Help is the last thing they get from Slick, as he gets Lyle to try and help him steal a semi-truck, with Slick killing a security card in the process. Bobbie Jo, Lyle, Essie, Pearl, and Slick then wind up on the run as a group, pursued across the state by tobacky-chewin’, appropriately-named Sheriff Hicks (Gene Drew) – who vows to bring Lyle in, dead or alive.

Bobbie Jo and The Outlaw was directed by Mark L. Lester. If you don’t know him, you probably know his work – many guilty-pleasure, B-movie exploitation flicks, as well as high-profile films like Firestarter and Commando.
Bobbie Jo was Carter’s film debut, and at times it shows. Her Southern twang comes and goes, and when somebody close to her is killed, her emotional delivery is subdued, to be generous. (Funny flub: When she’s paying for food at a grocery mart, she’s actually handing over the money before saying, “How much do I owe you?”) Still, it was weirdly entertaining watching the future Wonder Woman spout off profanities that would make Wonder Girl blush.
• The film’s big claim to fame/infamy is Carter’s topless scenes. To paraphrase the slogan of a certain spaghetti sauce, “They’re in there!” Actually, “it’s in there” would be more accurate, for her nude scenes are all, strangely, only her left breast in side profile. (Balaski obliges both boobs in an extended scene where Essie, Bobbie Jo, and Lyle are tripping on mushrooms in a pond.)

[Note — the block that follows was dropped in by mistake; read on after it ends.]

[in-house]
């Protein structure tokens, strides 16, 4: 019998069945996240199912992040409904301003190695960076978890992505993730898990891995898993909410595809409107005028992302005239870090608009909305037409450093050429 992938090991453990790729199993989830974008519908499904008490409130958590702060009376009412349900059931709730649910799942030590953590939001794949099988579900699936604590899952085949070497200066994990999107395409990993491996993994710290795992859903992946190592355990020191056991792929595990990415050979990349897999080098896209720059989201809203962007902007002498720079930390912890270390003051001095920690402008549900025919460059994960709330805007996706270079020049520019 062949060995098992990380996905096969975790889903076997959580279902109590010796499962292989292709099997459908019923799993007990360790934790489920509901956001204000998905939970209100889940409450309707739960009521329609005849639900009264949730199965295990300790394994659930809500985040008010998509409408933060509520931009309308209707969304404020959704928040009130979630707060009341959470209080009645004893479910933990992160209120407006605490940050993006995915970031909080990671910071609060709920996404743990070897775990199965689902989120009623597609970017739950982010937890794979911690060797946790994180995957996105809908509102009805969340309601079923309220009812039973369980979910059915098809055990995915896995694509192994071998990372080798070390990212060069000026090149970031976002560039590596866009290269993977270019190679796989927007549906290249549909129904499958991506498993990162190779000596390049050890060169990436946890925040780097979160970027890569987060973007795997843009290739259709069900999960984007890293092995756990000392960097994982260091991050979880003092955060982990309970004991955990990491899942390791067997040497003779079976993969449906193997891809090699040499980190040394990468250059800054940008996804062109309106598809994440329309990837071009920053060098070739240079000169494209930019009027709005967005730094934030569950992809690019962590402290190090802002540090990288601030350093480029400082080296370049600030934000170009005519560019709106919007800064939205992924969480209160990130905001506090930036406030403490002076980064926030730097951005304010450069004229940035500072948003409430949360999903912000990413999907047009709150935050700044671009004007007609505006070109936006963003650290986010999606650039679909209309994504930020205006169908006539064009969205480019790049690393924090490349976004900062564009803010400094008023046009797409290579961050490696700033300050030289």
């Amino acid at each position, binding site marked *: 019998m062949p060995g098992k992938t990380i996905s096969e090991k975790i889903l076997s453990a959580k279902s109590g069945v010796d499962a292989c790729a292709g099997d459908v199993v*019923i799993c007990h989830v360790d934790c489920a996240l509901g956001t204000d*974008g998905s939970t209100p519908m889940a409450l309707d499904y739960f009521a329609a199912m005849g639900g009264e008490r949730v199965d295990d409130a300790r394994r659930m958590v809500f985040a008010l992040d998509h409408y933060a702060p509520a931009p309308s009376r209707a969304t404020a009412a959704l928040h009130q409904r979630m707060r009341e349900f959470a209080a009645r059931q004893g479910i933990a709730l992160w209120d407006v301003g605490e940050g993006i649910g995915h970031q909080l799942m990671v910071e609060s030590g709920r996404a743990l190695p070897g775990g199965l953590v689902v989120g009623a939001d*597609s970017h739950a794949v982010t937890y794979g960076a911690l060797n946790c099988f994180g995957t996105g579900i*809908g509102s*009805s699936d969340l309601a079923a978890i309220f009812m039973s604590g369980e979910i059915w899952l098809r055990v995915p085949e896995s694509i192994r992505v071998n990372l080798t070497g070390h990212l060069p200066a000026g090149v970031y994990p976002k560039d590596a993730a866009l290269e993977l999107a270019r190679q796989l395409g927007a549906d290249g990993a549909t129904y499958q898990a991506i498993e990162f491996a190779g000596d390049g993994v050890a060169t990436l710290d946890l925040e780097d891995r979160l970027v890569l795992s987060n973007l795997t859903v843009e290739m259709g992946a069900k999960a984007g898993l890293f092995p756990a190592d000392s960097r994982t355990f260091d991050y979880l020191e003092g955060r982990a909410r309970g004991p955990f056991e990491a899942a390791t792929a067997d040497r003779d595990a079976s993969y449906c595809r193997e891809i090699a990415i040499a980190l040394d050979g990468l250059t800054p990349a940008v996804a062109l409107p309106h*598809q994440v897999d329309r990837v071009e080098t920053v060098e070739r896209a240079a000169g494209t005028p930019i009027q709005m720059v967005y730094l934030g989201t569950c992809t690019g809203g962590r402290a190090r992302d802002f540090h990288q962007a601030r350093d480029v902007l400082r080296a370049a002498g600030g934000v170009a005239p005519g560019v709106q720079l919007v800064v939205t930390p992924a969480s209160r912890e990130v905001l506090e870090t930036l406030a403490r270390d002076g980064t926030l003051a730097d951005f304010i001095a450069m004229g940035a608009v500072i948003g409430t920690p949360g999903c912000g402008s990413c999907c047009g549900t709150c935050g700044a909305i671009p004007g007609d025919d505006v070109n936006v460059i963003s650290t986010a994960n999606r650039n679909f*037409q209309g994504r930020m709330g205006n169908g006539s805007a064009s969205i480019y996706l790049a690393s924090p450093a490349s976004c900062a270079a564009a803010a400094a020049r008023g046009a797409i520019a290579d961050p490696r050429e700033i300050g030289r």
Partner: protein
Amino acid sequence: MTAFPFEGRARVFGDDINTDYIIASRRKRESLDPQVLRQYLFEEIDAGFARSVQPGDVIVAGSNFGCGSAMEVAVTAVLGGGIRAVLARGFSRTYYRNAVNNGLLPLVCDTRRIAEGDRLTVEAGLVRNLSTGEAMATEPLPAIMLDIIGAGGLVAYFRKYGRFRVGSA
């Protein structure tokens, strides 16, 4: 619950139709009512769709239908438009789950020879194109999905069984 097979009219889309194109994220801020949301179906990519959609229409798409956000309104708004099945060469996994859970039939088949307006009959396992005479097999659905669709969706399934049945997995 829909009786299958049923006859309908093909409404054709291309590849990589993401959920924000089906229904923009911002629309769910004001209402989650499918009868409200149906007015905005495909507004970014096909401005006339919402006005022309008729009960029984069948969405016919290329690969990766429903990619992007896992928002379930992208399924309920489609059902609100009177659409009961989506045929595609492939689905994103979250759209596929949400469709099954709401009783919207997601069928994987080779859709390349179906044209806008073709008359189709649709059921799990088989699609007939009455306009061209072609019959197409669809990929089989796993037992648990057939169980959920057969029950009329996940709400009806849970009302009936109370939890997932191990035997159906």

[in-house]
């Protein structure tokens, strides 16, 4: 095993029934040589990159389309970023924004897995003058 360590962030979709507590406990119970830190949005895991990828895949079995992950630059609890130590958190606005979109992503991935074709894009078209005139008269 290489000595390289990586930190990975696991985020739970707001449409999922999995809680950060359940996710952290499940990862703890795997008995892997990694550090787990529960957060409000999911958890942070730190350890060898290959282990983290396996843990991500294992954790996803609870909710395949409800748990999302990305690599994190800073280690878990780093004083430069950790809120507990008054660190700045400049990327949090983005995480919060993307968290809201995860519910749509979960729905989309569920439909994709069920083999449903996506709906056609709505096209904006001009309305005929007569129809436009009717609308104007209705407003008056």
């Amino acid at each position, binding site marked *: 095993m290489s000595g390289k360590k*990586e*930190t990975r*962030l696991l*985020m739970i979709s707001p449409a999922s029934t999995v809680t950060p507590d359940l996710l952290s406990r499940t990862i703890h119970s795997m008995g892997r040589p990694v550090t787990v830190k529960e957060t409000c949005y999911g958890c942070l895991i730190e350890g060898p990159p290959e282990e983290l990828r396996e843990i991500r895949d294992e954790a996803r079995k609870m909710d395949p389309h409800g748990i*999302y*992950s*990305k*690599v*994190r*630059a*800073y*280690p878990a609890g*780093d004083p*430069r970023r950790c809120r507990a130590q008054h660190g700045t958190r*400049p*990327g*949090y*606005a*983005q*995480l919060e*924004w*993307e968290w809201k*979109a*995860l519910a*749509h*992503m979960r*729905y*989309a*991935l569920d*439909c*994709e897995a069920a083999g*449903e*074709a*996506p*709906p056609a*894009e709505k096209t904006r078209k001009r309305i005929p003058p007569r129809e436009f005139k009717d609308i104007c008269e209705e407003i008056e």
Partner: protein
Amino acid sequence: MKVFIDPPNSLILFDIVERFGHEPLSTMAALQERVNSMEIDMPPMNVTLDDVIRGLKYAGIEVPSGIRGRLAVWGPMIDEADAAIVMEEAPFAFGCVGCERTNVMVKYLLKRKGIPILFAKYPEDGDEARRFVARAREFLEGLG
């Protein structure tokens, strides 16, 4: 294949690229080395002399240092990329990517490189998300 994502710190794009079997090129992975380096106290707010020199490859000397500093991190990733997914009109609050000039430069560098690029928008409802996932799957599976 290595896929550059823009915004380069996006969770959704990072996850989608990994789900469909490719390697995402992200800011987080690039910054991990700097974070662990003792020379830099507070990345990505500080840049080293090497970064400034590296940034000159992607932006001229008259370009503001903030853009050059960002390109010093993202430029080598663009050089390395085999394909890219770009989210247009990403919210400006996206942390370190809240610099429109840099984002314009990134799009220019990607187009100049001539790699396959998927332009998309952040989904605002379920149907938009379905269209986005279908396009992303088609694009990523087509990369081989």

• The film features quite the twangy ‘70s country soundtrack, featuring Bobby Bare’s grating “Those City Lights” four times during the film. (If I never hear that song again, it’ll be too soon.)
Bobbie Jo does follow the on-the-run framework of Bonnie & Clyde and the imitators that came in the 9 years between that film and this one. But here, it was hard to engage myself with what was going on. I felt a bit detached, despite all the gunplay and T&A (well, mostly T). By the time the movie picked up steam in the last 25 minutes, it was simply too little too late.

Rating: 2 stars (out of 5).

Will your kids want to see it?
Today's kids have probably never heard of this film, or even Carter’s late-‘70s stint as TV’s Wonder Woman. Still, keep children and young teens away from Bobbie Jo and The Outlaw: There’s boobs, drugs, and cussin’ a-plenty. Today’s high-school-age kids should be fine with what’s shown, but would probably wind up mocking the film anyway.

Will your FilmMother like it?
Only if she’s a fan of ‘70s exploitation, southern style. It’s not a very good movie, but unfortunately not bad enough to make watching it a spectator sport.

"Heh-heh, heh..."

Bobbie Jo and the Outlaw
* Director: Mark L. Lester
* Screenwriter: Vernon Zimmerman
* Stars: Marjoe Gortner, Lynda Carter, Belinda Balaski, Jesse Vint, Gene Drew, Merrie Lynn Ross
* MPAA Rating: R (nudity, adult situations and language, and violence)

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Watch Bobbie Jo and The Outlaw instantly on Netflix >>